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Caspar London laid to rest

Caspar London laid to rest

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One of the titans of the labour movement here in St Vincent and the Grenadines, Caspar London, was taken to his final resting place, the Kingstown cemetery last Saturday.{{more}}

He had died at the Milton Cato Memorial Hospital on Thursday, April 11, following a period of illness.

His funeral service took place at the Kingstown Evangelical Church, at Victoria Park and was attended by scores of well-wishers, comrades and friends. Among them was London’s closest friend and comrade, Hugh Ragguette, co-founder with London of the Young Socialist Group, who delivered the eulogy to this remarkable man.

Ragguette, in a brilliant delivery, put Caspar’s life in its historical and social context, beginning with his birth just as the Second World War was about to end in 1945, and the subsequent emergence of the world socialist system and the Cold War. This was to have a fundamental influence on Caspar’s life and times, Ragguette pointed out. He extolled Caspar’s avid search for reading, his emergence as a self-taught Marxist, who never lost his grounding in local conditions and his complete devotion towards the betterment of the working class.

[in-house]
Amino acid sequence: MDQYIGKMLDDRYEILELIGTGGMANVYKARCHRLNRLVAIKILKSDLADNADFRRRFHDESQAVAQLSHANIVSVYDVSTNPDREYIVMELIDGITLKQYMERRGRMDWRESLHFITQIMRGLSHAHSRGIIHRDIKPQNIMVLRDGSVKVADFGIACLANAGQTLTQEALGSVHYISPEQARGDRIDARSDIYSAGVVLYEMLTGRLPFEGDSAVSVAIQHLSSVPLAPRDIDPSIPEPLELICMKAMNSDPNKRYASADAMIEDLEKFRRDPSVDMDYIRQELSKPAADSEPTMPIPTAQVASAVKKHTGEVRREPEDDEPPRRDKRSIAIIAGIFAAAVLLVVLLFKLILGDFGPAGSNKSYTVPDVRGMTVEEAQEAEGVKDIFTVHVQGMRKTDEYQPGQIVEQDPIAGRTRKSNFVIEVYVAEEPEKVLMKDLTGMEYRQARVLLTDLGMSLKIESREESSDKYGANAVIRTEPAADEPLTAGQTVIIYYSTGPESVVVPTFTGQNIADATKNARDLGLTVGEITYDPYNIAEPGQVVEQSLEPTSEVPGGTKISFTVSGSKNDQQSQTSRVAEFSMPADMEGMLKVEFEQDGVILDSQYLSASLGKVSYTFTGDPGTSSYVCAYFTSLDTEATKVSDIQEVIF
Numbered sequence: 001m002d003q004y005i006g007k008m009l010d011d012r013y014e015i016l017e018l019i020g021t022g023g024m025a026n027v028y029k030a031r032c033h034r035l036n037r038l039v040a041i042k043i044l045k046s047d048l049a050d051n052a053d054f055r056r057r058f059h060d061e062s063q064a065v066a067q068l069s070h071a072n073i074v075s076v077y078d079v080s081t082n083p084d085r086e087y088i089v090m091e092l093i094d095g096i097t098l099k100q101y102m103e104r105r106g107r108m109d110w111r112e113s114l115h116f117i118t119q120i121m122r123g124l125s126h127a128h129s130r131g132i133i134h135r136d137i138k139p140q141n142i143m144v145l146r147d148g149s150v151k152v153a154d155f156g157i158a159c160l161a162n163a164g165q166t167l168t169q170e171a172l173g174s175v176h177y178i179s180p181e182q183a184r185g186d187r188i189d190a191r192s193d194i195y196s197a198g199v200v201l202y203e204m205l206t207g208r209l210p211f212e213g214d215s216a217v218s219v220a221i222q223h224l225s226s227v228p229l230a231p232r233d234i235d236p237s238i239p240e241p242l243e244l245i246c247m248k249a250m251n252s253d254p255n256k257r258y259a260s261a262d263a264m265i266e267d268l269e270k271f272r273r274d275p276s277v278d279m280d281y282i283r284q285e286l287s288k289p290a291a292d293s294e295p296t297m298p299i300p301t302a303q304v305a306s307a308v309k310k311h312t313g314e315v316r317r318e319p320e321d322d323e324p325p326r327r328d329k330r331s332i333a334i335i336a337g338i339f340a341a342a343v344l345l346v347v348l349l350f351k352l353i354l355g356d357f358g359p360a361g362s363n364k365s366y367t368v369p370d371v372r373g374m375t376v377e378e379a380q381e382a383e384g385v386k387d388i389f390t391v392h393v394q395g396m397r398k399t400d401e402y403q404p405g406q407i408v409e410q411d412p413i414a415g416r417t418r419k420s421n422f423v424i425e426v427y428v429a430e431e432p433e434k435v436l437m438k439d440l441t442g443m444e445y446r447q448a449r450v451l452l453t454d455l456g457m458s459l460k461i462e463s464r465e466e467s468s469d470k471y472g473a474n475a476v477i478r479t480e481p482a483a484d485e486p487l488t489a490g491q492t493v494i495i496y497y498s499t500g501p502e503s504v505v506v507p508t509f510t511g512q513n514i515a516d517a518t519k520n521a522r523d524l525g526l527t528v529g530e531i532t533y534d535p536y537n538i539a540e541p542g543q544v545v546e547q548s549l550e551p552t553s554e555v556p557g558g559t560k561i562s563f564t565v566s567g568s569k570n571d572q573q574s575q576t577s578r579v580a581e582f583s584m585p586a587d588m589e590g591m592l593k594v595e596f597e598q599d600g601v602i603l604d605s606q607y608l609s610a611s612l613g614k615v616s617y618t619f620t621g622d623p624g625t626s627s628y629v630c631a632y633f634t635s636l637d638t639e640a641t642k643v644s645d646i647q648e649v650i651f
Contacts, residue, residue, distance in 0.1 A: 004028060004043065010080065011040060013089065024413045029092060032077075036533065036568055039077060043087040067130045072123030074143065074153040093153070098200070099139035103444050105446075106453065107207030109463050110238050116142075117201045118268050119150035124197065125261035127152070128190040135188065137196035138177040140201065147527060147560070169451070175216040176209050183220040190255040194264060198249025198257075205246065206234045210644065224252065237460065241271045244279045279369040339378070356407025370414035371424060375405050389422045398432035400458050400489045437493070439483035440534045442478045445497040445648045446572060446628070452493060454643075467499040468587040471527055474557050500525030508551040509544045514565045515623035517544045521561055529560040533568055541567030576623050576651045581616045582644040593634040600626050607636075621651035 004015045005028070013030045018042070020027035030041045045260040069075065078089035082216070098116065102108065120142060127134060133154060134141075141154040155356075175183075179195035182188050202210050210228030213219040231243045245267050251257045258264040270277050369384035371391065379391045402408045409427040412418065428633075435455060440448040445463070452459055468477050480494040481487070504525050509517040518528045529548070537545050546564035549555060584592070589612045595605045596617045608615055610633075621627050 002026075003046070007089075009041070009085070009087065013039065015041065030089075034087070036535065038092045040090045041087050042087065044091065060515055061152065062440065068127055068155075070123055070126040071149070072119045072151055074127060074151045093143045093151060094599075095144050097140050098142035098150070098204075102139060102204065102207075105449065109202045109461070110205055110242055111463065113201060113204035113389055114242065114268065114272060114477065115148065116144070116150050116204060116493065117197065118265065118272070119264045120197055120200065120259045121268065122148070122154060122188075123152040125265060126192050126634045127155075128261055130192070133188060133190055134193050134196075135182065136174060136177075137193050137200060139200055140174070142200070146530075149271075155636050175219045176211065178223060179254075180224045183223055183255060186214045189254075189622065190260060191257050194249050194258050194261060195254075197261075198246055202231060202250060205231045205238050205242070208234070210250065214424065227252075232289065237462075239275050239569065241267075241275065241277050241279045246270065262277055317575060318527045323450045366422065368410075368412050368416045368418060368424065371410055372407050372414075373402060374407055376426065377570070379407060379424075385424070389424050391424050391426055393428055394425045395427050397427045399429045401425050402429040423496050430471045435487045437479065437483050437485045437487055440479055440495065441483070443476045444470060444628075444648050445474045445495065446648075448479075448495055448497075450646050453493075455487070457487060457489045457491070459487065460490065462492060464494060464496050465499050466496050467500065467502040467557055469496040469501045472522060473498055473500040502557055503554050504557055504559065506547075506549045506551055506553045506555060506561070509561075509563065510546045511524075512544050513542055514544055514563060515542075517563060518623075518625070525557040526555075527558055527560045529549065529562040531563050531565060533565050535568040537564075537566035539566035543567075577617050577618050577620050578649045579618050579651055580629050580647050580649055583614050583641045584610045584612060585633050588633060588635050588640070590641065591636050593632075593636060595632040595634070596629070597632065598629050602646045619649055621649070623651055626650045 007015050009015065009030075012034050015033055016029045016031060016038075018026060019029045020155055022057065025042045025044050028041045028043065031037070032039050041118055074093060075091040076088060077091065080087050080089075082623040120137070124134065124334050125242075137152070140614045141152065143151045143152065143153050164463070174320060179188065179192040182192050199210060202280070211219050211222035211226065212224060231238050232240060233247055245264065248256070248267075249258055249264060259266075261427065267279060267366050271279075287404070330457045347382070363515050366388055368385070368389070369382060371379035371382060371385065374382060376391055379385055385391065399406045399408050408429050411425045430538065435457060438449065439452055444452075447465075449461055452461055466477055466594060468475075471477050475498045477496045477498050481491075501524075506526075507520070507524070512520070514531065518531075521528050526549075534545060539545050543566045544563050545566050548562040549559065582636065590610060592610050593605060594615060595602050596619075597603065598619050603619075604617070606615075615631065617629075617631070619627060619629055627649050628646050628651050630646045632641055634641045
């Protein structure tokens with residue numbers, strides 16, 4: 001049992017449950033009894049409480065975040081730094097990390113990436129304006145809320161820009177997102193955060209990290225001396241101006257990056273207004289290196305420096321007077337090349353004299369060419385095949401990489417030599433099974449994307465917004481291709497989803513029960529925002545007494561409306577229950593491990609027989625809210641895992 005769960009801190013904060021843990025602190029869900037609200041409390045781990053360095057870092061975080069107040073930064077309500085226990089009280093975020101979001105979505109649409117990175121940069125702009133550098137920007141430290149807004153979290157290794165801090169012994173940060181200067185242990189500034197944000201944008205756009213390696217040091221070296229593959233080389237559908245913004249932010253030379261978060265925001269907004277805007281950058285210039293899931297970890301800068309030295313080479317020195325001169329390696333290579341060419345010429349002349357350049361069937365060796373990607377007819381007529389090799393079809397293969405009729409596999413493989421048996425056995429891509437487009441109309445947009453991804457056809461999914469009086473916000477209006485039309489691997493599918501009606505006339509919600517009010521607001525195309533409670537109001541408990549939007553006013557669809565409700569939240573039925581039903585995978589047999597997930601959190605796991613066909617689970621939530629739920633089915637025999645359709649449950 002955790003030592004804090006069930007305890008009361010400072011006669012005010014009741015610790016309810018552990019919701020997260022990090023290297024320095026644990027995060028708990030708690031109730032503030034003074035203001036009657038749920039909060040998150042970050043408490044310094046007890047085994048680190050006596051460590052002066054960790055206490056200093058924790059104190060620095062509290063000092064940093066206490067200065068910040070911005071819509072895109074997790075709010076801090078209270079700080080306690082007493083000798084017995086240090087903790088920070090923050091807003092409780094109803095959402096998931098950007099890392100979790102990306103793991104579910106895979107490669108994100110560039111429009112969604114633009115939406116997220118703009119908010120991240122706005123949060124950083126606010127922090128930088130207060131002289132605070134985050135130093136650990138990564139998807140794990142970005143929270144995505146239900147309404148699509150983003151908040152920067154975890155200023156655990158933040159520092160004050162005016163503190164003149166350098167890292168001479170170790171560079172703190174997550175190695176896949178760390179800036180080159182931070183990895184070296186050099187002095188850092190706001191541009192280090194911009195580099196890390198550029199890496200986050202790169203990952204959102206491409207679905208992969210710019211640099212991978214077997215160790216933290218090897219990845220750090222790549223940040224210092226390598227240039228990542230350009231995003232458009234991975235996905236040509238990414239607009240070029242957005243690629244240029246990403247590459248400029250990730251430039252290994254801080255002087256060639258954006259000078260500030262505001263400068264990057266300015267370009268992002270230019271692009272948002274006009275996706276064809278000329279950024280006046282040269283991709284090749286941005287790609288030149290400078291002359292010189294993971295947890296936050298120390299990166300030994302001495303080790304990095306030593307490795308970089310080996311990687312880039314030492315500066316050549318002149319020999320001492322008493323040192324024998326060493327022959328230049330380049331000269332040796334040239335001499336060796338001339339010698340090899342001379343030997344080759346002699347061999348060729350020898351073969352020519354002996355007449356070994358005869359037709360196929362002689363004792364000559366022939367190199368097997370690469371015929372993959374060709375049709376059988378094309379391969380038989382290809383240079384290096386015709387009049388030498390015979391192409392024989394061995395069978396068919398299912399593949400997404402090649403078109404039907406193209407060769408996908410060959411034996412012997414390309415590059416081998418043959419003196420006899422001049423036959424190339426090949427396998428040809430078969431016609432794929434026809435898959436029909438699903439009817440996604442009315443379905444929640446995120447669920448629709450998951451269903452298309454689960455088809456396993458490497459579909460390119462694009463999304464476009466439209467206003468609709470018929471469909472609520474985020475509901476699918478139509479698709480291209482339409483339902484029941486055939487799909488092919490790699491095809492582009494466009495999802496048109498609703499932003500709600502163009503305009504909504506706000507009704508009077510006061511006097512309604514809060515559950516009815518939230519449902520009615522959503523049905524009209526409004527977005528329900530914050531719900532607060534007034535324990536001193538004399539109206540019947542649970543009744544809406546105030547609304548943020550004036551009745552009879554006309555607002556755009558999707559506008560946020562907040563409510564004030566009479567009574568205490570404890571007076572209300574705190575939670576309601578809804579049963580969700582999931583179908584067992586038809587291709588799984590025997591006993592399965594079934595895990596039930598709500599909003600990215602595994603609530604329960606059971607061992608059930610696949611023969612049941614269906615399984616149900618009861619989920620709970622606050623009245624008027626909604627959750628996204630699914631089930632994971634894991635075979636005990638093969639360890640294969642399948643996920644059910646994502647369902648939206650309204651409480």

Tributes were also paid by one of Caspar’s comrades, Renwick Rose, and by local cultural icon, Cecil “Blazer” Williams, in poetry, while Gamal “Skinny Fabulous” Doyle read a moving poem on “Dad”, written by Caspar’s son, Atiba Providence.

Prime Minister Ralph Gonsalves, another long-standing comrade of Caspar, also paid tribute to the outstanding trade unionist. He concluded his remarks by not only vowing to keep the memory of Caspar London alive, but also to establish a scholarship fund for local trade unionists in his name.

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